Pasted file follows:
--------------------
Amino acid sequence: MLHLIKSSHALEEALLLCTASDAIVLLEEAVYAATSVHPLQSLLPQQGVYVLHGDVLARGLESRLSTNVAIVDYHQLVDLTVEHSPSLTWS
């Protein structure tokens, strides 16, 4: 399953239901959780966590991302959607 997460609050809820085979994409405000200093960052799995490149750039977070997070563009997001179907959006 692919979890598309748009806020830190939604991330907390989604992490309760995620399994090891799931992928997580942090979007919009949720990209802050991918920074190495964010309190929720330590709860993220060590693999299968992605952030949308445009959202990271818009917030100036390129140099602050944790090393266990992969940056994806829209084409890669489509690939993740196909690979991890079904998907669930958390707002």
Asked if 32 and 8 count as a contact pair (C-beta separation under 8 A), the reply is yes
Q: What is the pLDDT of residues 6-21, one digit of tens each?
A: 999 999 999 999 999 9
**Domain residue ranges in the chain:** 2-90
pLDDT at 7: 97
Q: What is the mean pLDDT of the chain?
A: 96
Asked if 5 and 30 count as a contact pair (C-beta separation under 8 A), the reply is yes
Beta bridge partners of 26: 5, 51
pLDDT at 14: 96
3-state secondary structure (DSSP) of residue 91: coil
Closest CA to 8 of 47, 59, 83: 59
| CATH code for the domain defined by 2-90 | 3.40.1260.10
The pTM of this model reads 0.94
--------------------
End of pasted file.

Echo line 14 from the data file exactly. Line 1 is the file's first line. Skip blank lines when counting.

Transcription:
Closest CA to 8 of 47, 59, 83: 59